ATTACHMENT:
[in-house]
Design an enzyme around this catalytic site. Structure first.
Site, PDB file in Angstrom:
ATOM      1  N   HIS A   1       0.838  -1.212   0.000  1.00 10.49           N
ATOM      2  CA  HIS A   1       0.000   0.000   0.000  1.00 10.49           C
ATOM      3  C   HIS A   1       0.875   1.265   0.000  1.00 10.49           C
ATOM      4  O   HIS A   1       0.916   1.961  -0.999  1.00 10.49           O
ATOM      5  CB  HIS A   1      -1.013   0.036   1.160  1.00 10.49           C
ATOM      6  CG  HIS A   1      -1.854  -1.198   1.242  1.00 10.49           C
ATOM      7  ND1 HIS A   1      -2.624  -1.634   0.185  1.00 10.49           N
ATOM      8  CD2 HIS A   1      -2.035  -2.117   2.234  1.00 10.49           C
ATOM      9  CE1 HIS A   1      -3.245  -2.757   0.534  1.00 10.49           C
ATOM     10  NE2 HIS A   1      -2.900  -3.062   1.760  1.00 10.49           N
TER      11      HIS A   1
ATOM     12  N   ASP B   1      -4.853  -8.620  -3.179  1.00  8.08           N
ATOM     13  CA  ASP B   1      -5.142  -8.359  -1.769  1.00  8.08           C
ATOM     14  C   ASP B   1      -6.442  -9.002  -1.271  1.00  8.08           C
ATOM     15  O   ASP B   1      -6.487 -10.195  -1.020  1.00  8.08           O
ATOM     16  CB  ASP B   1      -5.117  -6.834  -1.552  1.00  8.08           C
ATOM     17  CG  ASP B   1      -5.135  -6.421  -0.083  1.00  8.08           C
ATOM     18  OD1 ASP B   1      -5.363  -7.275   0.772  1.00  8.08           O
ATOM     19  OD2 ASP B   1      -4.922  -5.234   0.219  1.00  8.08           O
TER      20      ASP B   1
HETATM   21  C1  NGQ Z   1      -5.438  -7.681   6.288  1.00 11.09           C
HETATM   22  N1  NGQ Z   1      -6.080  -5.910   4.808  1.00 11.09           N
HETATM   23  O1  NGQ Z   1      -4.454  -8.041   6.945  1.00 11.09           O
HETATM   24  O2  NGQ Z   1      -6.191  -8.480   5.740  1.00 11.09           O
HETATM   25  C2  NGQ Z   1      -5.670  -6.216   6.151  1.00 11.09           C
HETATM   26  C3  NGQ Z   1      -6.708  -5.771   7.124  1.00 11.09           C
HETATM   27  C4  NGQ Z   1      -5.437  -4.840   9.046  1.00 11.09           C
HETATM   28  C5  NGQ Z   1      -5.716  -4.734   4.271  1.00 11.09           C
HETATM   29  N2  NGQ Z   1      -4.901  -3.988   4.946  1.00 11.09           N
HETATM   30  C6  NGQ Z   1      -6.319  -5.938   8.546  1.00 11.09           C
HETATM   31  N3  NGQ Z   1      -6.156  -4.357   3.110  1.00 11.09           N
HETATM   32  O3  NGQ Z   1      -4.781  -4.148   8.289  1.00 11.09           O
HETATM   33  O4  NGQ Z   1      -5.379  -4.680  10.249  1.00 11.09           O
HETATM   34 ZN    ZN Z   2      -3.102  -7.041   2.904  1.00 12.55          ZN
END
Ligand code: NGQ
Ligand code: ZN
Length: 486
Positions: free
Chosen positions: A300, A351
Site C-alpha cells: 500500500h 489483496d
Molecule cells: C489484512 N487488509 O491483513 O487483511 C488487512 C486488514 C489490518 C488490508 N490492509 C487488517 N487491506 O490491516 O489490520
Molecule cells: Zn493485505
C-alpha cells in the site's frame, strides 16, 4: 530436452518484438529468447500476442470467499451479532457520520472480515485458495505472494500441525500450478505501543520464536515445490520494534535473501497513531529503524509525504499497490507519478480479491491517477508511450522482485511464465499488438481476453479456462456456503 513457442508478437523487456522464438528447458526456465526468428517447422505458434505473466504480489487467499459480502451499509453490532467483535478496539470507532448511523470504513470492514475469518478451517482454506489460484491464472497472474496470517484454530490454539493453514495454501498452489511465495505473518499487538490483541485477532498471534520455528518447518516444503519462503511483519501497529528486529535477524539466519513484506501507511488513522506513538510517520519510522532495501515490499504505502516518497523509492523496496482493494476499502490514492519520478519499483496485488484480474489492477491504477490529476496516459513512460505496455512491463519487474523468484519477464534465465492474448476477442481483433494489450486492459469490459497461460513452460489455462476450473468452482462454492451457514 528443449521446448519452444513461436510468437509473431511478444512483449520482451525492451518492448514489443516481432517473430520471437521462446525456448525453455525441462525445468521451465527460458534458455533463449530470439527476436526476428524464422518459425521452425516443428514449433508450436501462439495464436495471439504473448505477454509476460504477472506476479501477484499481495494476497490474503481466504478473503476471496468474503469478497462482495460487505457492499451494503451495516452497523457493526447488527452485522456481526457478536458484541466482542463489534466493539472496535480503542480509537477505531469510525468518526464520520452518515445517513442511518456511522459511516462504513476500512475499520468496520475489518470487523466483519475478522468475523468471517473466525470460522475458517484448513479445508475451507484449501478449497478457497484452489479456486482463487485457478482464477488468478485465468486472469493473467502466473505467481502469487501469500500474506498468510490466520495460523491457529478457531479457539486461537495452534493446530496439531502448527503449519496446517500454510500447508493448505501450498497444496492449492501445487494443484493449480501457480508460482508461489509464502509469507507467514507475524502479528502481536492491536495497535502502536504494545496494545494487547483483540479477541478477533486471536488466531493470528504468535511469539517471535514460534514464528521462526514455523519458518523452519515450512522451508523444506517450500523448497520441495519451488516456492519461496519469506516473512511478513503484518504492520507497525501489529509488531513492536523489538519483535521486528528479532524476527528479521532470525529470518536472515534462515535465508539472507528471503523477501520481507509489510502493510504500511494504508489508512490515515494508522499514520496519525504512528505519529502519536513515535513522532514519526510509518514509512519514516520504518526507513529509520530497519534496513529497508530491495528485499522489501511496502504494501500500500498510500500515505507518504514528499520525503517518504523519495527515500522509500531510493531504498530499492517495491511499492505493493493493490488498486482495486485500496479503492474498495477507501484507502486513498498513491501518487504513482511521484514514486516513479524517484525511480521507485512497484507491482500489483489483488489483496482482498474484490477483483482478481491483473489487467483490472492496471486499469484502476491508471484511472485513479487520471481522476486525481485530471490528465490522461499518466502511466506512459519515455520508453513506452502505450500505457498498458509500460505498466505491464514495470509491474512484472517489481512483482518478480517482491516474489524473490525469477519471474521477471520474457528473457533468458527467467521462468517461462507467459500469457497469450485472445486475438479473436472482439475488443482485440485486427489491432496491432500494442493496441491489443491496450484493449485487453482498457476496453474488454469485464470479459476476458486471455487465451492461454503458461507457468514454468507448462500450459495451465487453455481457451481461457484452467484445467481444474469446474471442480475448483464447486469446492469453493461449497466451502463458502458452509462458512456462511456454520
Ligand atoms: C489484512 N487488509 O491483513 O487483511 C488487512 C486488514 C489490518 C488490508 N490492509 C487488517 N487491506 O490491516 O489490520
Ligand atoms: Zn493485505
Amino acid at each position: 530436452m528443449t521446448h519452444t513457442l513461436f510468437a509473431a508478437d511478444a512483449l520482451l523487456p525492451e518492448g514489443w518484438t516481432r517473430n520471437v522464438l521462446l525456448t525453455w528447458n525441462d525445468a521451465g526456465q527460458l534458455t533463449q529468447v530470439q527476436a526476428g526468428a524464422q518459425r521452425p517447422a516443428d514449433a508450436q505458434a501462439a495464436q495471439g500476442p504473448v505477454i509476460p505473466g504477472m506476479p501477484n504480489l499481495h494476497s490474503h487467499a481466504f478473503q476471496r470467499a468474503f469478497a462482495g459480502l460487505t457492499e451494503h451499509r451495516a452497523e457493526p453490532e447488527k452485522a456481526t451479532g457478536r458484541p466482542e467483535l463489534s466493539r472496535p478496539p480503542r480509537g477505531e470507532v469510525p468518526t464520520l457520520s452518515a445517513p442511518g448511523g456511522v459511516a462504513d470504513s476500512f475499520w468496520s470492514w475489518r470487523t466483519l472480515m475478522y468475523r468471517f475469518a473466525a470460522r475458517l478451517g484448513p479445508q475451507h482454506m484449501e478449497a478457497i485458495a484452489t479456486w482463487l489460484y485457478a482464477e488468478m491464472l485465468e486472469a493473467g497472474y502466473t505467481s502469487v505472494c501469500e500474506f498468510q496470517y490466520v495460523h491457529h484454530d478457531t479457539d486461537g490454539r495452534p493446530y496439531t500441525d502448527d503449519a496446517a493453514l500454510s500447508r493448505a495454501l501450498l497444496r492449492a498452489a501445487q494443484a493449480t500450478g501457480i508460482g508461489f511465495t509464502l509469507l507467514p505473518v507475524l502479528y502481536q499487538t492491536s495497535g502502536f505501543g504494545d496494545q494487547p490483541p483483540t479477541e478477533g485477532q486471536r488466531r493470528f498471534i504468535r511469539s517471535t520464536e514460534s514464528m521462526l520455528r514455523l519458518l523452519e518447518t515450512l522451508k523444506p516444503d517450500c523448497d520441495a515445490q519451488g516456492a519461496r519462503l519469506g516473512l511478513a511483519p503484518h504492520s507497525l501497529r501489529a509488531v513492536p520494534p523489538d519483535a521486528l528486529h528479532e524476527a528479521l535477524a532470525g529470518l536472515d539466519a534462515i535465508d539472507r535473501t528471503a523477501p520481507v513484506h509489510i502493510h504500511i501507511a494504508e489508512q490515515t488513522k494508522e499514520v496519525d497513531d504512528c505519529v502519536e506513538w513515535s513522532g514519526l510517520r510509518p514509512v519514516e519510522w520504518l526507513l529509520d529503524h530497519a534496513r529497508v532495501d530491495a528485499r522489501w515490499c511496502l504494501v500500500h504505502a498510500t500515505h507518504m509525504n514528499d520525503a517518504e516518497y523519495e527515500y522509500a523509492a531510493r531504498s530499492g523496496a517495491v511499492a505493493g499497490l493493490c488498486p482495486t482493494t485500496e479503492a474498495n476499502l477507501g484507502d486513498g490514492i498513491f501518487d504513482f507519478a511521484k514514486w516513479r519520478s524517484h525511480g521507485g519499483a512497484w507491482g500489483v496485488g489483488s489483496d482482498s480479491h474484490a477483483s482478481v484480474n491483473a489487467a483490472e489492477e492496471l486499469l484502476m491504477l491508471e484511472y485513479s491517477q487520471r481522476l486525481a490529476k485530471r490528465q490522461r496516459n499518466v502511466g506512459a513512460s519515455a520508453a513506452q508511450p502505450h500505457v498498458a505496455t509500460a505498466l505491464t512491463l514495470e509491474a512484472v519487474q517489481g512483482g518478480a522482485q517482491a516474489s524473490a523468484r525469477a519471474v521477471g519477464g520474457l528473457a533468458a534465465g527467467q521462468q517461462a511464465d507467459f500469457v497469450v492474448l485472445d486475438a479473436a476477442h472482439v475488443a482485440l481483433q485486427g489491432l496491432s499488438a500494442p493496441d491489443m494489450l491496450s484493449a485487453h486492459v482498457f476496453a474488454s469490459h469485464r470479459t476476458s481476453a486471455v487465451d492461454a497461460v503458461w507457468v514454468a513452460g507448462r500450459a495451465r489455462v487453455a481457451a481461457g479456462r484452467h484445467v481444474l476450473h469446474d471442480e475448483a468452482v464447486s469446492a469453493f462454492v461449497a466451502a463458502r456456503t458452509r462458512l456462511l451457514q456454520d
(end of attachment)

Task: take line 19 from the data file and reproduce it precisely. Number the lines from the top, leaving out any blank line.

ATOM     16  CB  ASP B   1      -5.117  -6.834  -1.552  1.00  8.08           C